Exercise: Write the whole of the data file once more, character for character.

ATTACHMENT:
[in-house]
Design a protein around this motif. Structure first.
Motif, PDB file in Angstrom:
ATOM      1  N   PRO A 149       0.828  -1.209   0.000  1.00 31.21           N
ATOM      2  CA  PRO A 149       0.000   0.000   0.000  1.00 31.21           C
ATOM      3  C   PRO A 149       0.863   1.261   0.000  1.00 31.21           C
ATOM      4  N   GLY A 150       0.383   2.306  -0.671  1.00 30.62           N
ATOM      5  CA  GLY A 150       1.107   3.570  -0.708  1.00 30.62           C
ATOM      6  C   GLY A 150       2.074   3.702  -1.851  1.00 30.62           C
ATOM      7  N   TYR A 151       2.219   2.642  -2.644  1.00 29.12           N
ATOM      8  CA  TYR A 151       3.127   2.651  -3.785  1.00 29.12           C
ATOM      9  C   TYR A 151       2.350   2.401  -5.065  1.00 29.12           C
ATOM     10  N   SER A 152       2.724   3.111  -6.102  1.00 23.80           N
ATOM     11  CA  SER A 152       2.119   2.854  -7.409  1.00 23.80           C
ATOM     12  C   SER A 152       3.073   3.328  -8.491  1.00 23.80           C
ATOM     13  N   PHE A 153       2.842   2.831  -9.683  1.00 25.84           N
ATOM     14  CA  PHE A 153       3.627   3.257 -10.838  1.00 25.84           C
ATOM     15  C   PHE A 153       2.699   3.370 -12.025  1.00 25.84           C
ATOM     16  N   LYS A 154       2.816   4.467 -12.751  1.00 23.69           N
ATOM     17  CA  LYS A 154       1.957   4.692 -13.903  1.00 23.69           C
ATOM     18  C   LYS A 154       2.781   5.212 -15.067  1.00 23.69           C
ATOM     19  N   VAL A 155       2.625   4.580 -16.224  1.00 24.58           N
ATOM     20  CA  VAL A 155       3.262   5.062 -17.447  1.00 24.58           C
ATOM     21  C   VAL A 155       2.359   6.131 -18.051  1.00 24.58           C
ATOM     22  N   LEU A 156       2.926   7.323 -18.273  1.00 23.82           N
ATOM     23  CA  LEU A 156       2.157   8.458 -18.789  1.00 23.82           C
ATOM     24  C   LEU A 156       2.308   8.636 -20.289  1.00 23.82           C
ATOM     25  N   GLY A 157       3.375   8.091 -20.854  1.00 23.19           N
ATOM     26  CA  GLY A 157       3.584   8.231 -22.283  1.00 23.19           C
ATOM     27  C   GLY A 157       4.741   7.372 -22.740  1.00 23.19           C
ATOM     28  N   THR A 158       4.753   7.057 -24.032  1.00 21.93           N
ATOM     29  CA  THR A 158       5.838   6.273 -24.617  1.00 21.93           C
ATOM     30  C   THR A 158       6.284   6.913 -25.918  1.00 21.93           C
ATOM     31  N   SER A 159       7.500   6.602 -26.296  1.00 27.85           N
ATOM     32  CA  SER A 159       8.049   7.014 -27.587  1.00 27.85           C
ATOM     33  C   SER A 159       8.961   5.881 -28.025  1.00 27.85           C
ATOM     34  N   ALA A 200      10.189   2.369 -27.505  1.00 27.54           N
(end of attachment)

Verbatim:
[in-house]
Design a protein around this motif. Structure first.
Motif, PDB file in Angstrom:
ATOM      1  N   PRO A 149       0.828  -1.209   0.000  1.00 31.21           N
ATOM      2  CA  PRO A 149       0.000   0.000   0.000  1.00 31.21           C
ATOM      3  C   PRO A 149       0.863   1.261   0.000  1.00 31.21           C
ATOM      4  N   GLY A 150       0.383   2.306  -0.671  1.00 30.62           N
ATOM      5  CA  GLY A 150       1.107   3.570  -0.708  1.00 30.62           C
ATOM      6  C   GLY A 150       2.074   3.702  -1.851  1.00 30.62           C
ATOM      7  N   TYR A 151       2.219   2.642  -2.644  1.00 29.12           N
ATOM      8  CA  TYR A 151       3.127   2.651  -3.785  1.00 29.12           C
ATOM      9  C   TYR A 151       2.350   2.401  -5.065  1.00 29.12           C
ATOM     10  N   SER A 152       2.724   3.111  -6.102  1.00 23.80           N
ATOM     11  CA  SER A 152       2.119   2.854  -7.409  1.00 23.80           C
ATOM     12  C   SER A 152       3.073   3.328  -8.491  1.00 23.80           C
ATOM     13  N   PHE A 153       2.842   2.831  -9.683  1.00 25.84           N
ATOM     14  CA  PHE A 153       3.627   3.257 -10.838  1.00 25.84           C
ATOM     15  C   PHE A 153       2.699   3.370 -12.025  1.00 25.84           C
ATOM     16  N   LYS A 154       2.816   4.467 -12.751  1.00 23.69           N
ATOM     17  CA  LYS A 154       1.957   4.692 -13.903  1.00 23.69           C
ATOM     18  C   LYS A 154       2.781   5.212 -15.067  1.00 23.69           C
ATOM     19  N   VAL A 155       2.625   4.580 -16.224  1.00 24.58           N
ATOM     20  CA  VAL A 155       3.262   5.062 -17.447  1.00 24.58           C
ATOM     21  C   VAL A 155       2.359   6.131 -18.051  1.00 24.58           C
ATOM     22  N   LEU A 156       2.926   7.323 -18.273  1.00 23.82           N
ATOM     23  CA  LEU A 156       2.157   8.458 -18.789  1.00 23.82           C
ATOM     24  C   LEU A 156       2.308   8.636 -20.289  1.00 23.82           C
ATOM     25  N   GLY A 157       3.375   8.091 -20.854  1.00 23.19           N
ATOM     26  CA  GLY A 157       3.584   8.231 -22.283  1.00 23.19           C
ATOM     27  C   GLY A 157       4.741   7.372 -22.740  1.00 23.19           C
ATOM     28  N   THR A 158       4.753   7.057 -24.032  1.00 21.93           N
ATOM     29  CA  THR A 158       5.838   6.273 -24.617  1.00 21.93           C
ATOM     30  C   THR A 158       6.284   6.913 -25.918  1.00 21.93           C
ATOM     31  N   SER A 159       7.500   6.602 -26.296  1.00 27.85           N
ATOM     32  CA  SER A 159       8.049   7.014 -27.587  1.00 27.85           C
ATOM     33  C   SER A 159       8.961   5.881 -28.025  1.00 27.85           C
ATOM     34  N   ALA A 200      10.189   2.369 -27.505  1.00 27.54           N